Hello-Hello, welcome to another wild and wacky day here at the Prepatorium
Friday’s post on Crew’s fall line offered a number of photos but little editorial blather from either the professionals in the trade, or your utterly unprofessional hostess here at Princess InterGalactic HQ.
“”This is all about Edie Beale-goes-to-Girl Scout camp,” J.Crew Creative Director Jenna Lyons tells StyleList. “There’s a bit of that grandma-chic that we always draw from. There are elements borrowed from the boys, but we decided she’s at Girl Scout camp.”
Here are more detailed looks shot by WWD’s Kyle Ericksen:
And two more:
The review with the most telling perspective on Crew’s path may be this brief story in today’s Women’s Wear Daily (subscription req’d.). While many perceive the company to have preppy roots and/or preppish products even now, this quote from design director Jenna Lyons suggests a different direction:
“Classic outerwear with a military feel was worn over girly sequined pieces, creating an eclectic layered look intended to further shed J. Crew’s preppy image, which makes Lyons cringe. “We had a story in The Guardian recently, and the opening line was ‘the preppy retailer,’ and I was like, really? Still?”
““Preppy” style is often mentioned in the same breath as J.Crew. Is today’s preppy different from yesterday’s?
I have a hard time with the word “preppy.” To me, it’s a way of styling. Classic things mixed a certain way—especially special color combinations—look very preppy. We still have the same pieces: polo shirts, khakis, a great classic blazer, a beautiful white shirt. But what we’ve been trying to do is change the way things are presented. Maybe that little cargo jacket that we would have shown ten years ago with a polo shirt we’re now showing with a little sequin top and high heels. And the thing about preppy is it can be alienating to some people. It’s very coastal and it leaves out a lot of Americans who aren’t yachting or going to the beach club.”
It remains to be seen if Ms. Lyons will continue the move away from ‘preppy’ toward trendier pieces, or if the brand will retain some of its more traditional styles.
Another tableau from the presentation:
From The Cut’s review:
“… models wore rugged tweeds, textured tights, and outerwear with Mongolian lamb accents. J.Crew creative director Jenna Lyons described the look as “Edie Beale goes to Girl Scout camp.” The saucer-sized jewelry and homemade headpieces would definitely be at home in Grey Gardens, and Lyons suggested “slapping brooches all over everything” to achieve this eccentric, layered look.
More from StyleList:
“The predominant tone in the presentation was olive. “I’m olive obsessed,” Lyons says. “My olive fixation goes back to wanting to touch on the military moment.”
We don’t do olive.
The following thoughts on the men’s styles are also from WWD:
“As for men’s wear, shown before the women’s presentation, J. Crew brought its American heritage to a new level with sophisticated and clean looks.”
Most of the men’s styles we saw looked quite stylish.
Our other topic with some life to it, True Prep, first discussed here. An interesting connection to the story above: the new book has multiple references to Crew: in just one diagram the man is described as wearing “J. Crew Head-to-Ankle,” the woman’s striped shirt and khakis are by Crew, and she is carrying a J. Crew handbag.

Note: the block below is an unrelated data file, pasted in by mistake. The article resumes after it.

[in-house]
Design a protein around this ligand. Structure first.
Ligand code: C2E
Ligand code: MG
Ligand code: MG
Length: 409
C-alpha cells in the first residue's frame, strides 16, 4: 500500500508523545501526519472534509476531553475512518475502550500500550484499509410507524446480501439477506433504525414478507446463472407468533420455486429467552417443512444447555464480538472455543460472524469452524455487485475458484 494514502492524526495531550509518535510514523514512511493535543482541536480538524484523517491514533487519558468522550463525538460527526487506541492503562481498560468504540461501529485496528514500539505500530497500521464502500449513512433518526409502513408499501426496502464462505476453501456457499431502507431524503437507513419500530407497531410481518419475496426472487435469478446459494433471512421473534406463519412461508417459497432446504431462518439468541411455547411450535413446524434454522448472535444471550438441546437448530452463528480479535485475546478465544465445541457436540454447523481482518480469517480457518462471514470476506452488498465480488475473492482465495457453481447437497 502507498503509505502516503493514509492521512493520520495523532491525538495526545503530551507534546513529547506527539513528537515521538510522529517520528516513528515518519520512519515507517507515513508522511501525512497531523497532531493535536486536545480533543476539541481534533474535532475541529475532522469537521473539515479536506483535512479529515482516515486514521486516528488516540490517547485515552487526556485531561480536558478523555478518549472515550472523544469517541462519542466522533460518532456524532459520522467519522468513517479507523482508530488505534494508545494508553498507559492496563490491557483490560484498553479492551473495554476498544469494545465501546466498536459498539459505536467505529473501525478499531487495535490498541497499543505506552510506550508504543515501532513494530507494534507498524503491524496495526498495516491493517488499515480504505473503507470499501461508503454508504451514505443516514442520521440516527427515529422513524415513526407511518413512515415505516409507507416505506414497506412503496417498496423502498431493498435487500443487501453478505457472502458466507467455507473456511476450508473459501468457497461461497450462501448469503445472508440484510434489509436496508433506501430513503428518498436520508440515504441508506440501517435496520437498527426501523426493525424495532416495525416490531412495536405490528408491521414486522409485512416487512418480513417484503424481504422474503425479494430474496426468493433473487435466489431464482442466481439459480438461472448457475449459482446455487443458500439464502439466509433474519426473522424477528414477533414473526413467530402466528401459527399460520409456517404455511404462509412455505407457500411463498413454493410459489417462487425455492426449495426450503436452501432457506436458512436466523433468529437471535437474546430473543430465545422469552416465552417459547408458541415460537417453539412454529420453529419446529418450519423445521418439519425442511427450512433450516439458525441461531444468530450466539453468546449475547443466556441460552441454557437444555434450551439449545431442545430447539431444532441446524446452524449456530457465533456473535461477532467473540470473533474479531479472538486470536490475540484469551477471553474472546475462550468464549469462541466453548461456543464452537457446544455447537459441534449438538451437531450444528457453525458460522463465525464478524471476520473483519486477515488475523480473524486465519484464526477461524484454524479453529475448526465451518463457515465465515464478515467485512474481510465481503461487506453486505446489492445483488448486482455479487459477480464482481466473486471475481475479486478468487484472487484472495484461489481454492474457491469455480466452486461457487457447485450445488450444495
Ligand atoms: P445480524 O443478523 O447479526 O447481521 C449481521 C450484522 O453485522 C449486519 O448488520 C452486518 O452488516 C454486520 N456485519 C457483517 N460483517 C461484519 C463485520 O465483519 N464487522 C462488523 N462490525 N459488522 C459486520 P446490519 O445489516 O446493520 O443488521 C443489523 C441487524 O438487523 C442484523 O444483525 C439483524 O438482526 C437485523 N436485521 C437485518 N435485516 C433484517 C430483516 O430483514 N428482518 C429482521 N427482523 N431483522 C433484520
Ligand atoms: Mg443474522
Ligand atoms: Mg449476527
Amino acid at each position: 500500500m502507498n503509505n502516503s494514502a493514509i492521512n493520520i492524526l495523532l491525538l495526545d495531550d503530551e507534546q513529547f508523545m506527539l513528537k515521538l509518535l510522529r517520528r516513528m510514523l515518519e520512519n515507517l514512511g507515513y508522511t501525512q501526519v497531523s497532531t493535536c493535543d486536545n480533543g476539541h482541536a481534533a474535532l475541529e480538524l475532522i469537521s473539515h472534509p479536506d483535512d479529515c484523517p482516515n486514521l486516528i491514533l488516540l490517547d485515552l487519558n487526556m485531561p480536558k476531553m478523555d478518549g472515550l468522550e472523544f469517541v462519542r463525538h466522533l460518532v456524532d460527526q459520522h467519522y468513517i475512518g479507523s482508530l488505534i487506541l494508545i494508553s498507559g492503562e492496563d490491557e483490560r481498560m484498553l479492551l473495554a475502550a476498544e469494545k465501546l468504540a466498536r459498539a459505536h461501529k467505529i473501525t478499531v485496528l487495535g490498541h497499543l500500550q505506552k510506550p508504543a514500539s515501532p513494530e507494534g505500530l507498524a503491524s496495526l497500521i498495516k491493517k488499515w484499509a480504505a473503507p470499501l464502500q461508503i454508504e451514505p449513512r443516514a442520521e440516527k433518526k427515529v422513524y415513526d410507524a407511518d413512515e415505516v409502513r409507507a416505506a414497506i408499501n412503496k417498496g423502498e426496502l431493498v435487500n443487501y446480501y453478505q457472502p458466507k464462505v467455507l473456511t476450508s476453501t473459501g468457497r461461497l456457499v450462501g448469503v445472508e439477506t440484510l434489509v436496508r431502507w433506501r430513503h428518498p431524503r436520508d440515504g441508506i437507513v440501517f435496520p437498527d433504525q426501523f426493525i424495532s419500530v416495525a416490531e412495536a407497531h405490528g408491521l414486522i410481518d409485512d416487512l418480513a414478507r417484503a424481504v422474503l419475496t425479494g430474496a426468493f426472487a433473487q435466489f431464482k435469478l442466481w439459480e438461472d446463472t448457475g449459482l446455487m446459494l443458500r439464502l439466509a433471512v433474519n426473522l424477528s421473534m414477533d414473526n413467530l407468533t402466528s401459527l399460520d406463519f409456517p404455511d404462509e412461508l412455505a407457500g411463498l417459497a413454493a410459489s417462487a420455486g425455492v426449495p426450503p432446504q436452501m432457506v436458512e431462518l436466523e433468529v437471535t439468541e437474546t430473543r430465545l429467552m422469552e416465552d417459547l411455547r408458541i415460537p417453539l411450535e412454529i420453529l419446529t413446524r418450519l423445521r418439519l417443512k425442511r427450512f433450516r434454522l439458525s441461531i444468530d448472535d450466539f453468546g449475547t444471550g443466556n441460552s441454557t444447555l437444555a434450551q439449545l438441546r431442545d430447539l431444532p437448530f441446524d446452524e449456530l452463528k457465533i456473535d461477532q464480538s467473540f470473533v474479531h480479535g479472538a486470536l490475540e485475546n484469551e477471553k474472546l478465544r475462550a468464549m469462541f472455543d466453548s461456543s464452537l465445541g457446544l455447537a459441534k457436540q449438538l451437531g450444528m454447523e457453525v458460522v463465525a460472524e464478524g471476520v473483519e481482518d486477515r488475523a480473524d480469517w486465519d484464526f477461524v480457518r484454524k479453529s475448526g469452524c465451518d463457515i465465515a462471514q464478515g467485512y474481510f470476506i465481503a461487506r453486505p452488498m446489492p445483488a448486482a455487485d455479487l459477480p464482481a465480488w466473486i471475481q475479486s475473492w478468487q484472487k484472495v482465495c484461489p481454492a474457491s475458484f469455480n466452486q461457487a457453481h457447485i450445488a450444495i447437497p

More to the point today, news about the upcoming publication hit the Times. On the front page. On Sunday. “Rejoice, Muffy and Biff: A Preppy Primer Revisited” looks at the upcoming release while also briefly meandering back to TOPH:
“The original volume, a slim, plaid-covered paperback that poked fun at the gin-soaked polo-shirt and loafer-wearing set, started out as a piquant bit of mockery but… it ended up being adopted as a kind of guidebook for those who wanted in.”
Why do another book? Perhaps this sentence from writer Motoko Rich says it best:
“But even for prepsters, it turns out, the world has changed.”
As previously mentioned, a good portion of the new book deals with the impact of technology and things like cell phones, while also updating style trends.
“And while “True Prep” dispenses a dollop of the upper-class frugality, many of its featured items are a bit more upmarket than the duck shoes and other L.L. Bean duds that dominated the first volume. Think Tory Burch, E. Goyard bags and the luxury jewelry brand Verdura.”
We simply adored seeing quotes in the story from other preptastic bloggers:
“The blogosphere is filled with fans eagerly awaiting the new book. The first handbook “was like a bible to us,” said Alice Richardson, 44, who blogs about preppy things at “Summer Is a Verb” (summerisaverb.blogspot.com).”
Along with Hopsy:
“Helen “Hopsy” Goblirsch, a 25-year-old event planner for a real estate developer in Dallas who blogs at “Monograms and Manicures” (kappaprep.com), said she discovered the original handbook when she was a sophomore at the Taft School in Watertown, Conn.”
While reading the story was a delight, looking at the online comments is always an eye-opener. BTW, True Prep is no longer slated for an August release, it is due out mid-September. To see an interview with Ms. Birnbach and co-author Chip Kidd (and to also see what brand of loafers the hypothetical preppy male is wearing in the new book), click on the link in the video:
Sunday’s Easter dinner was quite a gala, TQM graced us with her presence and we were off to the Consort’s ancestral home to visit with scads of other relatives. We close with an Adventure in Argyle, compliments of our hostess for the dinner extravaganza, the Consort’s mother. Not only is she an amazing cook, look at the place cards she created for everyone!
Additional J. Crew images: Kyle Ericksen/WWD